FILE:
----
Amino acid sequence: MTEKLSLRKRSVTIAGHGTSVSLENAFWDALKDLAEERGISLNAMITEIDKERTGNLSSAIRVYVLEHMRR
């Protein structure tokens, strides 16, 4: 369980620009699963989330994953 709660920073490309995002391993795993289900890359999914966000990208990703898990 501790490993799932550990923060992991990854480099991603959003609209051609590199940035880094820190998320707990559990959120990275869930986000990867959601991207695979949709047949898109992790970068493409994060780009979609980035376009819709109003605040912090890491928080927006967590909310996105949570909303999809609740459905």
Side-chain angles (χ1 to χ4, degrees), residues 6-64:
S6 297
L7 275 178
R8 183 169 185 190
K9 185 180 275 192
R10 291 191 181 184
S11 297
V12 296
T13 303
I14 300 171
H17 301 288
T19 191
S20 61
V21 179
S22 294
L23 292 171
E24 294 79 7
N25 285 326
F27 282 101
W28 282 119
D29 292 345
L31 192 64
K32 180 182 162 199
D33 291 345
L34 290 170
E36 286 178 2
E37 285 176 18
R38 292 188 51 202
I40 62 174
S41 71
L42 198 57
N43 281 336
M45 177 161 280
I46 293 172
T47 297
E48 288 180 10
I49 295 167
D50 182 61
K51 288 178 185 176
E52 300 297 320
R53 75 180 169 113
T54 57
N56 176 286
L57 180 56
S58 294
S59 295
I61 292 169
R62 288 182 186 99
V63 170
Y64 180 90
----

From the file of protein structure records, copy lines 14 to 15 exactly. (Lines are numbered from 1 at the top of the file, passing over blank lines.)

T19 191
S20 61